Free Meds for All

By Josh Jezard

Free Meds for All

• Charities say patients are skipping treatments because they are too expensive

• Patients in England now pay £8.60 per item prescription after a recent 20p rise

• Prescriptions are currently free to get in Scotland, Wales and Northern Ireland

For those have long-term medical conditions should receive free prescription, says the Prescription Charges Coalition campaign group.

“Some people end up needing hospital treatment because they cannot afford their medication… conditions such as Parkinson's [should] be added to the list of specific illnesses that require free medicines.”

Zoe Oakley has polycystic kidney disease and is currently waiting for a transplant, but says the costs of her blood-pressure medication to protect her kidneys can take its toll.

She said “The morning after skipping my medication, I woke up with what can only be described as feeling like the worst hangover ever. Later in the day, my blood pressure spiked so high that I had to be taken to hospital by ambulance… I'm currently on the transplant list for a new kidney. If I get it, I'll have to pay for my own anti-rejection medication. That doesn't seem right."

Many feel that England’s medical exemptions are “unfair and “out of date” and should follow the footsteps of Wales, Northern Ireland and Scotland who have scrapped prescription charges for everyone in recent years.

In England, many are dispensed free of charge, mostly to the over-60s, the under 16s, pregnant women and those on low incomes.

But 10% are paid for - and mostly by people on modest wages with long-term conditions not included on the current exemption list, according to the coalition group.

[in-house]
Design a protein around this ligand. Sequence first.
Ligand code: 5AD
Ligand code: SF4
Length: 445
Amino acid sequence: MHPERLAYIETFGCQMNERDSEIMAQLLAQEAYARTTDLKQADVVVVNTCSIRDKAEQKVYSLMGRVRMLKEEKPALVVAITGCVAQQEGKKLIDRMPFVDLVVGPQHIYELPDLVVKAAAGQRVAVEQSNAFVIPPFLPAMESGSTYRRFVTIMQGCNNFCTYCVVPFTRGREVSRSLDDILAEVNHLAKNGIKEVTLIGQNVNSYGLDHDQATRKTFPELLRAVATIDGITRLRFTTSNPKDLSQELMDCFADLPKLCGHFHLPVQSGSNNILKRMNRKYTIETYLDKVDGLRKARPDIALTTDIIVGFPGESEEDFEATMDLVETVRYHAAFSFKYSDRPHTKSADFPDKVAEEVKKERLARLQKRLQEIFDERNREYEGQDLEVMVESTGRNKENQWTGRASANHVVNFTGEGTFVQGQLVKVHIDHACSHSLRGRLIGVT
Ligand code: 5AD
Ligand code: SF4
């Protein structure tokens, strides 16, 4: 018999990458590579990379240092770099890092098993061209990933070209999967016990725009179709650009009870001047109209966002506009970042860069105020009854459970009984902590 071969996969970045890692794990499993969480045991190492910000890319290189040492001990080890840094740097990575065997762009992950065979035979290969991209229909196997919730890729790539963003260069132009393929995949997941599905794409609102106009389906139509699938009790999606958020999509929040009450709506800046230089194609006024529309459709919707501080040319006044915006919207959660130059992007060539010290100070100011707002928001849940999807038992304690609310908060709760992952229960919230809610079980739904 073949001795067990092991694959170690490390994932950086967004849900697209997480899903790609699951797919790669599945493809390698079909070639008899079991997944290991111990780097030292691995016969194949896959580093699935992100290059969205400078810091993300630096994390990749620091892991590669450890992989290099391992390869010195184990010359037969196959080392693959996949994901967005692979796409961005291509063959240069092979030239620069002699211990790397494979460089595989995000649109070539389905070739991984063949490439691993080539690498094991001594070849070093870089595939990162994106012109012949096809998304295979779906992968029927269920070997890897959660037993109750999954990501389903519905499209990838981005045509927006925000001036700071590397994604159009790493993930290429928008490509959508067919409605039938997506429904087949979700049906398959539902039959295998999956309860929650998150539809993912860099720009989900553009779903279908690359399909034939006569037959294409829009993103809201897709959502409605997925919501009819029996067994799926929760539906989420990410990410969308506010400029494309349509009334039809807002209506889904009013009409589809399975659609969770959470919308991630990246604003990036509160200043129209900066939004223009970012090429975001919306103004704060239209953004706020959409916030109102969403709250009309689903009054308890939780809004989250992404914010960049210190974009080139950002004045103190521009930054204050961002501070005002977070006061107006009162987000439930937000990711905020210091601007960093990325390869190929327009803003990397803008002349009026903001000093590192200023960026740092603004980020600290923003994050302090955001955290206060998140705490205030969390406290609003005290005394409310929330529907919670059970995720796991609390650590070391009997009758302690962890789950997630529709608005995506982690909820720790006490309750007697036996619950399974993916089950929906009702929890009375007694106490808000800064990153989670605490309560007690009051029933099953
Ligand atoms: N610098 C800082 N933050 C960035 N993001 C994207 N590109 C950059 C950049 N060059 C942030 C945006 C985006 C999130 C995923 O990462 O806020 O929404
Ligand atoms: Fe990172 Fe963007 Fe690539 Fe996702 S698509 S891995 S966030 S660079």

Neal Patel, from the Royal Pharmaceutical Society, agrees that the current system is arbitrary and unfair. He said, "The main burden falls on those with long-term conditions such as HIV, asthma and multiple sclerosis, who have to pay for prescriptions to stay well. Prescription costs place a particular squeeze on the finances of those who are in work on modest incomes, who sometimes cannot afford prescription medicines - a price that's ultimately paid in preventable hospital admissions, wasted NHS time and avoidable sick leave."

At present, some people with life-long health conditions qualify for free prescriptions and some do not. However, campaigners say long-term conditions affecting the population have changed significantly in the past 50 years and the list no longer reflects reality.

Some have suggestion that people with long-term conditions should get free medication only when the drugs relate to that particular condition, rather than free drugs for anything that goes wrong. Then, there are some who say anyone who cannot afford to pay shouldn’t.

However, the finances must add up, and as people live longer there are more and more drugs prescribed.

Do you think free prescription would benefit people or would they abuse the system that is already struggling?

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